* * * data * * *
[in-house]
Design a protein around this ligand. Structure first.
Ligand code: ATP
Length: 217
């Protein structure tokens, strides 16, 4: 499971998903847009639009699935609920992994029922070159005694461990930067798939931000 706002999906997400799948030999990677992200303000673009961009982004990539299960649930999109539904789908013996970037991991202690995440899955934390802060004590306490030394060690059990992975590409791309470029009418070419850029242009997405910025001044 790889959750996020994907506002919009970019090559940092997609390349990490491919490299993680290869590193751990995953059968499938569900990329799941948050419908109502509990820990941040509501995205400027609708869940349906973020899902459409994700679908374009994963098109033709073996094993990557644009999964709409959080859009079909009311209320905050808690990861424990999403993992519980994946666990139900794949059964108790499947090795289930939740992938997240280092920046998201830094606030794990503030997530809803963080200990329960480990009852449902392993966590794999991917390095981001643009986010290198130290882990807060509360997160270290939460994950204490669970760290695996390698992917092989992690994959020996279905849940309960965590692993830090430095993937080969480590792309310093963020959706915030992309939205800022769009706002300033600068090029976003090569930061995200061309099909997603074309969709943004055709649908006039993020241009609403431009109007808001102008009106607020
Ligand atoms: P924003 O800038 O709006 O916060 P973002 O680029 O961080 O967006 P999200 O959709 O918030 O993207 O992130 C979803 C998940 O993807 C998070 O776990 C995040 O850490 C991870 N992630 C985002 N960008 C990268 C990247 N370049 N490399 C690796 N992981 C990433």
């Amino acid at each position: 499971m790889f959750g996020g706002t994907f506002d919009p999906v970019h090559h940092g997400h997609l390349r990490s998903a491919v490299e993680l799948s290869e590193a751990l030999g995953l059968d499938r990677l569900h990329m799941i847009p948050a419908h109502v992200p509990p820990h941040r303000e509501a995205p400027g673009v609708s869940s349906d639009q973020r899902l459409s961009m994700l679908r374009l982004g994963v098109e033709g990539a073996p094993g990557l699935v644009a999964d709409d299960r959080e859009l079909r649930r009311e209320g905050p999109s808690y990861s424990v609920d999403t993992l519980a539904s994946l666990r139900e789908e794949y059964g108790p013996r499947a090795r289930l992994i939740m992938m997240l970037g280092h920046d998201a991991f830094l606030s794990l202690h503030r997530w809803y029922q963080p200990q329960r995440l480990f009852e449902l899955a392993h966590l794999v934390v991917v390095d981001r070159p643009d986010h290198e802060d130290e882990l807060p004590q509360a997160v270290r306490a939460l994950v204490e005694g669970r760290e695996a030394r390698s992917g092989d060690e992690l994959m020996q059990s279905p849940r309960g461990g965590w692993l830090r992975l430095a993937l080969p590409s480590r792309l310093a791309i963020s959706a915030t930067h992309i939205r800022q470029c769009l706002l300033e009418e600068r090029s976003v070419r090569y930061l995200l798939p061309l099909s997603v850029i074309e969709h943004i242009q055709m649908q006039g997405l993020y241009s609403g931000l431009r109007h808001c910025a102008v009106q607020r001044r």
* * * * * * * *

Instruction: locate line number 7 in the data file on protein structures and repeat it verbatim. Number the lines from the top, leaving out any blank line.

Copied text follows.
């Amino acid at each position: 499971m790889f959750g996020g706002t994907f506002d919009p999906v970019h090559h940092g997400h997609l390349r990490s998903a491919v490299e993680l799948s290869e590193a751990l030999g995953l059968d499938r990677l569900h990329m799941i847009p948050a419908h109502v992200p509990p820990h941040r303000e509501a995205p400027g673009v609708s869940s349906d639009q973020r899902l459409s961009m994700l679908r374009l982004g994963v098109e033709g990539a073996p094993g990557l699935v644009a999964d709409d299960r959080e859009l079909r649930r009311e209320g905050p999109s808690y990861s424990v609920d999403t993992l519980a539904s994946l666990r139900e789908e794949y059964g108790p013996r499947a090795r289930l992994i939740m992938m997240l970037g280092h920046d998201a991991f830094l606030s794990l202690h503030r997530w809803y029922q963080p200990q329960r995440l480990f009852e449902l899955a392993h966590l794999v934390v991917v390095d981001r070159p643009d986010h290198e802060d130290e882990l807060p004590q509360a997160v270290r306490a939460l994950v204490e005694g669970r760290e695996a030394r390698s992917g092989d060690e992690l994959m020996q059990s279905p849940r309960g461990g965590w692993l830090r992975l430095a993937l080969p590409s480590r792309l310093a791309i963020s959706a915030t930067h992309i939205r800022q470029c769009l706002l300033e009418e600068r090029s976003v070419r090569y930061l995200l798939p061309l099909s997603v850029i074309e969709h943004i242009q055709m649908q006039g997405l993020y241009s609403g931000l431009r109007h808001c910025a102008v009106q607020r001044r």